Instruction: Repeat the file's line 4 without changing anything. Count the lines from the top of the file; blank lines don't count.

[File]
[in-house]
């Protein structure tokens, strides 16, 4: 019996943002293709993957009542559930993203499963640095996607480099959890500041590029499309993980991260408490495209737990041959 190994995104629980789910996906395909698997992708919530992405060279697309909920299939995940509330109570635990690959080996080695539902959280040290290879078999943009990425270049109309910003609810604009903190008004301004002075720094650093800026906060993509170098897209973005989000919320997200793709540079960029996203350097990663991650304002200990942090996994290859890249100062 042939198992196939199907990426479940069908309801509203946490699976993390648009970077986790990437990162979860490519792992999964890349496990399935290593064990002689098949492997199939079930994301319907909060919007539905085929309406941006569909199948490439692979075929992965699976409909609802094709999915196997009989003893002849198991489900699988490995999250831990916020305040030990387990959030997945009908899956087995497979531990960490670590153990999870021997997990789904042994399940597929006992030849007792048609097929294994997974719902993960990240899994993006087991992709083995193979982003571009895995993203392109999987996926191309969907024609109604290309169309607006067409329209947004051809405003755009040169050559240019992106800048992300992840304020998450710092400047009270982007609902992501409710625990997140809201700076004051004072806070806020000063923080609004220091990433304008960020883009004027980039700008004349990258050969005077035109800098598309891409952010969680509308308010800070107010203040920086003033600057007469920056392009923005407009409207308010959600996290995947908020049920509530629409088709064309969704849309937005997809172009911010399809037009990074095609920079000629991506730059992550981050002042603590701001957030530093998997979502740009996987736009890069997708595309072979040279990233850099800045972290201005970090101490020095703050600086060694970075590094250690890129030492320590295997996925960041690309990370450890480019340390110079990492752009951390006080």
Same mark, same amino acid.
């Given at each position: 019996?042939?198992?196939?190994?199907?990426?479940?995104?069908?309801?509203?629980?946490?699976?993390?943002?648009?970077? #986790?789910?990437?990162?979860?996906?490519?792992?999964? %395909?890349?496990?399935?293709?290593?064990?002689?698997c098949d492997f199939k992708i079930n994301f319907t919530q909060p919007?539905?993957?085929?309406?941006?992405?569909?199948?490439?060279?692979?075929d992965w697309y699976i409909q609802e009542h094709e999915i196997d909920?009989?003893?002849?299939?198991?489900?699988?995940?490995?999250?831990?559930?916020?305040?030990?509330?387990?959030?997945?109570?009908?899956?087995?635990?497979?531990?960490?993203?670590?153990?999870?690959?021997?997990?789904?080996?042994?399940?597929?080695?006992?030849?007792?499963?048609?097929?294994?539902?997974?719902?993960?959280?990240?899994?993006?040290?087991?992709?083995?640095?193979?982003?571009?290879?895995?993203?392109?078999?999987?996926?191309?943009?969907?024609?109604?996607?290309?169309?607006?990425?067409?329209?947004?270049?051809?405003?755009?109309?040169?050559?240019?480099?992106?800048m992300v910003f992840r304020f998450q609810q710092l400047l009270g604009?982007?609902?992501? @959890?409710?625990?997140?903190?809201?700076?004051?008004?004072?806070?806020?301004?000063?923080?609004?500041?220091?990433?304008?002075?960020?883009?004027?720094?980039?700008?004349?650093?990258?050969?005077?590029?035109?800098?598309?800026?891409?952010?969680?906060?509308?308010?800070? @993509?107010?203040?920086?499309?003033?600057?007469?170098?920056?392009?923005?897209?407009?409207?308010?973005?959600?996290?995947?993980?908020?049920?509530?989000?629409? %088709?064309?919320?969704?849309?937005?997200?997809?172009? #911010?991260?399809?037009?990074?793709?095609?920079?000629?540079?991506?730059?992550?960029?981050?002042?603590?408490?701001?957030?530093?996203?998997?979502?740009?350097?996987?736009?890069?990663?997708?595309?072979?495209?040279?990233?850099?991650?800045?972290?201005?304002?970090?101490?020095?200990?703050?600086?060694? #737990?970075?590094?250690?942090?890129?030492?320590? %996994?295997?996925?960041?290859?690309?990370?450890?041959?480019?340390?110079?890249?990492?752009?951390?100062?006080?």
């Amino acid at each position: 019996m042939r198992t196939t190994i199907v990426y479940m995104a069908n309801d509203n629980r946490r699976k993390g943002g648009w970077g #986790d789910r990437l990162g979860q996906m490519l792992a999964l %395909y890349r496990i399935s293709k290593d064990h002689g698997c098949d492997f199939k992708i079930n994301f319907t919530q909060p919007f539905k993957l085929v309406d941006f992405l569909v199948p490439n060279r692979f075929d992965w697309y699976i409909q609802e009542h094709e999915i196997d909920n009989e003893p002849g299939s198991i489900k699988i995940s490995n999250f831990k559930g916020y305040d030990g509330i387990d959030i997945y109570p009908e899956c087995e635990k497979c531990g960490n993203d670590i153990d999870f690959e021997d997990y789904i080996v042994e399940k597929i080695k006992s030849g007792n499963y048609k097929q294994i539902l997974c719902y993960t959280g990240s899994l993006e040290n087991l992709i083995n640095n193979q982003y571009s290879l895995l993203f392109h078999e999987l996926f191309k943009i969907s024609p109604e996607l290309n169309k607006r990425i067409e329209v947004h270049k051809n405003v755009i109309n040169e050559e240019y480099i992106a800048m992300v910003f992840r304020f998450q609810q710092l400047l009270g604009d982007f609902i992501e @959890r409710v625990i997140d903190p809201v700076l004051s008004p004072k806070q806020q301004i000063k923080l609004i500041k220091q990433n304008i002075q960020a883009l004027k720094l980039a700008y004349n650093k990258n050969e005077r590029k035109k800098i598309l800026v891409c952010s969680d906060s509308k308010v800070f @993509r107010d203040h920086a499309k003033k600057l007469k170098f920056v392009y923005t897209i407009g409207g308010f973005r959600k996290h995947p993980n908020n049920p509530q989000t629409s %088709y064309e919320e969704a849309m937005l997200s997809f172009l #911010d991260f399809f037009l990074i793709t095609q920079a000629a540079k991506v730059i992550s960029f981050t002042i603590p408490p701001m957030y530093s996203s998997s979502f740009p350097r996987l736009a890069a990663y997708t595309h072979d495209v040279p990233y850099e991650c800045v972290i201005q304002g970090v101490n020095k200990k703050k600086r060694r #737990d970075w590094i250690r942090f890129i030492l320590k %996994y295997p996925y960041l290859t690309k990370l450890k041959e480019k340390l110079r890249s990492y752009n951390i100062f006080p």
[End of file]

């Given at each position: 019996?042939?198992?196939?190994?199907?990426?479940?995104?069908?309801?509203?629980?946490?699976?993390?943002?648009?970077? #986790?789910?990437?990162?979860?996906?490519?792992?999964? %395909?890349?496990?399935?293709?290593?064990?002689?698997c098949d492997f199939k992708i079930n994301f319907t919530q909060p919007?539905?993957?085929?309406?941006?992405?569909?199948?490439?060279?692979?075929d992965w697309y699976i409909q609802e009542h094709e999915i196997d909920?009989?003893?002849?299939?198991?489900?699988?995940?490995?999250?831990?559930?916020?305040?030990?509330?387990?959030?997945?109570?009908?899956?087995?635990?497979?531990?960490?993203?670590?153990?999870?690959?021997?997990?789904?080996?042994?399940?597929?080695?006992?030849?007792?499963?048609?097929?294994?539902?997974?719902?993960?959280?990240?899994?993006?040290?087991?992709?083995?640095?193979?982003?571009?290879?895995?993203?392109?078999?999987?996926?191309?943009?969907?024609?109604?996607?290309?169309?607006?990425?067409?329209?947004?270049?051809?405003?755009?109309?040169?050559?240019?480099?992106?800048m992300v910003f992840r304020f998450q609810q710092l400047l009270g604009?982007?609902?992501? @959890?409710?625990?997140?903190?809201?700076?004051?008004?004072?806070?806020?301004?000063?923080?609004?500041?220091?990433?304008?002075?960020?883009?004027?720094?980039?700008?004349?650093?990258?050969?005077?590029?035109?800098?598309?800026?891409?952010?969680?906060?509308?308010?800070? @993509?107010?203040?920086?499309?003033?600057?007469?170098?920056?392009?923005?897209?407009?409207?308010?973005?959600?996290?995947?993980?908020?049920?509530?989000?629409? %088709?064309?919320?969704?849309?937005?997200?997809?172009? #911010?991260?399809?037009?990074?793709?095609?920079?000629?540079?991506?730059?992550?960029?981050?002042?603590?408490?701001?957030?530093?996203?998997?979502?740009?350097?996987?736009?890069?990663?997708?595309?072979?495209?040279?990233?850099?991650?800045?972290?201005?304002?970090?101490?020095?200990?703050?600086?060694? #737990?970075?590094?250690?942090?890129?030492?320590? %996994?295997?996925?960041?290859?690309?990370?450890?041959?480019?340390?110079?890249?990492?752009?951390?100062?006080?």